Ex-Ranger Blalock still without a taker

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blalock fielding.jpgWith Russell Branyan joining the Indians and Carlos Delgado down following another hip surgery, the first base market is finally just about bare. Jermaine Dye would give the position a try if asked and Cuban defector Jose Julio Ruiz is getting some attention, but Hank Blalock is the one experienced viable major league regular left available.
And Blalock is a viable regular. He did a horrible job of getting on base for the Rangers last year, but he delivered 25 homers in 462 at-bats. The problem is that he hasn’t been both healthy and productive since 2004, his age-23 season. In 2007, he posted a 901 OPS in 58 games. In 2008, it was an 846 OPS in 65 games. He was mostly healthy last year, but he came in at 736 in 123 games, nearly half of them spent at DH.
My feeling is that Blalock’s upside makes him worthy of more than just a minor league contract, though he probably won’t get one at this point. He has four 25-homer seasons to his credit, and he’s a lifetime .269/.329/.465 hitter. While he’d always previously taken advantage of the friendly hitting conditions in Arlington, he was actually far more productive on the road (.256/.308/.493) than at home (.213/.247/.427) last year.
Blalock’s best hope now might be Tampa Bay. The Rays lost out on both Johnny Damon and Branyan in their quest for one more bat. Blalock wouldn’t get much of an opportunity to play defense there, but he’d be nice to have around in case Pat Burrell fails to bounce back from his awful 2009.
The other Florida team has also displayed some interest, though the Marlins would view him as a fallback to Logan Morrison or Gaby Sanchez at first base. The Red Sox weighed Branyan and may consider Blalock as well on a minor league deal. However, he’d only be a candidate to make that team if a Mike Lowell trade gets done. I think the White Sox make more sense. Andruw Jones is currently their best option at DH.

Imagining Theo Epstein in politics

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“When Alexander saw the breadth of his domain, he wept for there were no more worlds to conquer.”

Or: “When Theo Epstein won World Series championships with the two most championship-starved franchises in baseball history, he got bored, and decided to run for the Senate or something.”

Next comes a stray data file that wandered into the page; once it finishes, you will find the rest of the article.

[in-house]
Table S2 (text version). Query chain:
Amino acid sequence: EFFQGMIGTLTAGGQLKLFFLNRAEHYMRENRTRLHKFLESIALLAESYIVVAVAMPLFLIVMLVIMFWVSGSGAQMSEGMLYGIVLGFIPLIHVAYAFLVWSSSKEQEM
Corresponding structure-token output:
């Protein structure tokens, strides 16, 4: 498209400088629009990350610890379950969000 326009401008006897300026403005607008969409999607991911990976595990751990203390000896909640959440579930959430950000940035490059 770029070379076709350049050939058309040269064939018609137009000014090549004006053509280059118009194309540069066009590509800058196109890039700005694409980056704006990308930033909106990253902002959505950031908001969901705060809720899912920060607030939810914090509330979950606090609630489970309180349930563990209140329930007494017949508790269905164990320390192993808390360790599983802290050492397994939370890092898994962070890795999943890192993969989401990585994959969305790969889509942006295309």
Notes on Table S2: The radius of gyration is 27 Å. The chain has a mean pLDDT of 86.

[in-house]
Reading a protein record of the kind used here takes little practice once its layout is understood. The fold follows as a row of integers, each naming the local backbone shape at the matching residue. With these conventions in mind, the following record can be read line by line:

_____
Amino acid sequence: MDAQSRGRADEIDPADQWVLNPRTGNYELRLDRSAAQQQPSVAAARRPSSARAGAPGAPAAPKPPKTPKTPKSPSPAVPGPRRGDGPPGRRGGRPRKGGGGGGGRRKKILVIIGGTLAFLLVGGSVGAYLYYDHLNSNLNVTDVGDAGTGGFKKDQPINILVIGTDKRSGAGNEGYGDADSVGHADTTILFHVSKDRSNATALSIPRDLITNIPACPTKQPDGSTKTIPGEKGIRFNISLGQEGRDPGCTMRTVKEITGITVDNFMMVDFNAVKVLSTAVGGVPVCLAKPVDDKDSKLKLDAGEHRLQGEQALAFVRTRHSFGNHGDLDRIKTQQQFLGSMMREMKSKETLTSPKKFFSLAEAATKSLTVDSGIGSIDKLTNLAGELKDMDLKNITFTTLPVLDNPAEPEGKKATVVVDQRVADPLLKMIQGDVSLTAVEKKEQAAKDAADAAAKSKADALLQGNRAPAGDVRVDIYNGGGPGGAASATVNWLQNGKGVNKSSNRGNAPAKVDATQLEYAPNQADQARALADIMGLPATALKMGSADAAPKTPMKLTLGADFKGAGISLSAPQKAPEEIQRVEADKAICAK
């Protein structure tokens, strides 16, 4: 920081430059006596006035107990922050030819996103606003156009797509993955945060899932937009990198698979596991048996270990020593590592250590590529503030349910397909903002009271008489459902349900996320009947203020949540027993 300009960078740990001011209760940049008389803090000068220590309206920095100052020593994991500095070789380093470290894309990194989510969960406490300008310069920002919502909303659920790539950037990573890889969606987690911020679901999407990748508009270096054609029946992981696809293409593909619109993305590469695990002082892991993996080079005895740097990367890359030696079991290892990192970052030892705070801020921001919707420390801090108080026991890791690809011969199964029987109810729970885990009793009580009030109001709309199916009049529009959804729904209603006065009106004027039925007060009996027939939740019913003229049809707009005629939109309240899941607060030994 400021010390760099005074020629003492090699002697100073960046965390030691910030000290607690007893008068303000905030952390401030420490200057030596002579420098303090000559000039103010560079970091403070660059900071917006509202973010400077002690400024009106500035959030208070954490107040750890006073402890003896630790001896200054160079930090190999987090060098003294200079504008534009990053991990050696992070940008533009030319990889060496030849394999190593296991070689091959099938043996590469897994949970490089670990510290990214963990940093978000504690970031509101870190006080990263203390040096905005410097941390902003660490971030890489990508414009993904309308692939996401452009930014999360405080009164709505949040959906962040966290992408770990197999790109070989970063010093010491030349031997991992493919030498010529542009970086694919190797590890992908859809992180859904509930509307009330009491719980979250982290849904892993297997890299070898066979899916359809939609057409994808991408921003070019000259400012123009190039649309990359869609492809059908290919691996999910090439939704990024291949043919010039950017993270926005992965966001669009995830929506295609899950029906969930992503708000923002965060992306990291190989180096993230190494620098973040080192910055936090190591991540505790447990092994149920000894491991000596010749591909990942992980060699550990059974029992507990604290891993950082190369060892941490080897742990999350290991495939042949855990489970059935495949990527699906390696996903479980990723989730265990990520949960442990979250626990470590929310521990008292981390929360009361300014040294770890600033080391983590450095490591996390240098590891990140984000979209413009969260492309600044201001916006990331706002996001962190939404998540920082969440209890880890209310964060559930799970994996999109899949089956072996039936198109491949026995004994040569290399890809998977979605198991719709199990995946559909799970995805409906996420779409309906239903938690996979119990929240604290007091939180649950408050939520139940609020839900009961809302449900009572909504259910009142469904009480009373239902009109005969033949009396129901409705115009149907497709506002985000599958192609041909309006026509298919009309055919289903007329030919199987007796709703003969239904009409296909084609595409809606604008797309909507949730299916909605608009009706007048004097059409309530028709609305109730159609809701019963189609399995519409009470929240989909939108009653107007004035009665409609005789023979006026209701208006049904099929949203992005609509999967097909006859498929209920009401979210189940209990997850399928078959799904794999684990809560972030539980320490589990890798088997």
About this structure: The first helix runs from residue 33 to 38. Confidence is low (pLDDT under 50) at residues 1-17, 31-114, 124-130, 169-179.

That latter bit is the premise of a Politico piece speculating that the Cubs president could go into politics one day. The story features an interview with former Obama chief strategist David Axlerod, who thinks Theo has what it takes. Mostly what he has is fame, popularity, good looks and money. No idea what his positions on issue are, but that other stuff goes a long way in politics these days.

Bonus: given what we just elected last fall, a guy who once had a little temper tantrum and dressed up in a gorilla suit is just as viable a candidate as anyone.

Another interestingly named player is promoted by the Pirates

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When you promote a player from the minors, the first and foremost consideration is whether or not he can help your ball club. But, assuming that’s taken care of, teams should really, really make it a priority to call up dudes with cool sounding names because it makes life more interesting for the rest of us.

The Pirates are doing that. The other night Dovydas Neverauskas made his big league debut. In addition to being the first Lithuanian born-and-raised player in major league history, it’s a solid, solid name. Now the Pirates are making another promotion: Gift Ngoepe.

Yep, Gift Ngoepe. He’s an infielder from South Africa, making the leap to the bigs due to David Freese‘s hamstring injury. Ngoepe, 27, was batting just .241/.308/.379 through 66 plate appearances this season with Triple-A Indianapolis, his ninth in the minors, so he’s not exactly a prospect. But man, that’s a killer name.

It’s also worth mentioning that Gift and Neverauskas were arrested together in a bar fight last August in Toledo, so there is already a good basis for some bonding here.

Good luck, Gift. Gift Ngoepe. Mr. Ngoepe. G-Ngo. Man, I could do this all day.